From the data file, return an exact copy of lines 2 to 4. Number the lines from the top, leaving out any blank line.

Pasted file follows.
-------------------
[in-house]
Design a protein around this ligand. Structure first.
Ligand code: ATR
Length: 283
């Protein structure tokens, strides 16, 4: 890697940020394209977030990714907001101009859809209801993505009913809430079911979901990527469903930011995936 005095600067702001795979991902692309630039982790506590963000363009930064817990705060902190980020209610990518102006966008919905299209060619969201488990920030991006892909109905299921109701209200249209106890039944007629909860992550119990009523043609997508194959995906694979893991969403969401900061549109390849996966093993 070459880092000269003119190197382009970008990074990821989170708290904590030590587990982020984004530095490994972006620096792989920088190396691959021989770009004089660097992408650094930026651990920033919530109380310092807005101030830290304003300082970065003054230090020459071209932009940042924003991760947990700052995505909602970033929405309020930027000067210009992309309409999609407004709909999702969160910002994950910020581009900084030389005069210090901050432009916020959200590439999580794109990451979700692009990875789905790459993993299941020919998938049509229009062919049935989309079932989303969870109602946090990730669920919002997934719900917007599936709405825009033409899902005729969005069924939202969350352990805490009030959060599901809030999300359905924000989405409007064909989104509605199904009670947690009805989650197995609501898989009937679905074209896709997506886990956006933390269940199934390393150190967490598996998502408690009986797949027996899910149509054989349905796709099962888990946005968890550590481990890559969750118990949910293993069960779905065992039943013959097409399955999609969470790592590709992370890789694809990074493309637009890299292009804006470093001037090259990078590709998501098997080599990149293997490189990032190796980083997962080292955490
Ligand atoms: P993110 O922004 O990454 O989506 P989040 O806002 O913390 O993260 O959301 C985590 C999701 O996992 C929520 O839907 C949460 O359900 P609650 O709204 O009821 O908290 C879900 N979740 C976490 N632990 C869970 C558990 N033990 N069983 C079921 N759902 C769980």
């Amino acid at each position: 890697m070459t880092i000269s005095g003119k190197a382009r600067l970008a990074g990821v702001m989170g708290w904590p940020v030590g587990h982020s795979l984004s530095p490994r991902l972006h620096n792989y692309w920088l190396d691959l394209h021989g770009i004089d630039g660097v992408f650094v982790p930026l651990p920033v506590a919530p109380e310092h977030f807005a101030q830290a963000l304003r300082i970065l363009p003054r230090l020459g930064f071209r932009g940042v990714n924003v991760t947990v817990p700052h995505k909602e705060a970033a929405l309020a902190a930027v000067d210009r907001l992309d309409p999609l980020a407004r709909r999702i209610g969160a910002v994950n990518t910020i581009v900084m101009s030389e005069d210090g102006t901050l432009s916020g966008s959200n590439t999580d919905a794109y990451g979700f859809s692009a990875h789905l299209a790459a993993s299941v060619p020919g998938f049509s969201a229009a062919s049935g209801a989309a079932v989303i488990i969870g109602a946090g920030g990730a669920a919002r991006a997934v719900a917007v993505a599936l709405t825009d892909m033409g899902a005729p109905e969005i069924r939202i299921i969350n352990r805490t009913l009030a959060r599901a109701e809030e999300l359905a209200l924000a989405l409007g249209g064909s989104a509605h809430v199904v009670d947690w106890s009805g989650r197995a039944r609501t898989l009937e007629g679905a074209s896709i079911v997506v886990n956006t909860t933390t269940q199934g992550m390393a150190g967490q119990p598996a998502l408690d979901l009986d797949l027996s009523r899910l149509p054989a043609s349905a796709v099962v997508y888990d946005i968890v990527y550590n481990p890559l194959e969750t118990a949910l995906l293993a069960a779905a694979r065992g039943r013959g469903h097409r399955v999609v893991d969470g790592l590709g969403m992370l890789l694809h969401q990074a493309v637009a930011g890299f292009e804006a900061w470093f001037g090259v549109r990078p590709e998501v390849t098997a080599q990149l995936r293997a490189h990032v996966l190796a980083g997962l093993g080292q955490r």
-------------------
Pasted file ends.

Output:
Design a protein around this ligand. Structure first.
Ligand code: ATR
Length: 283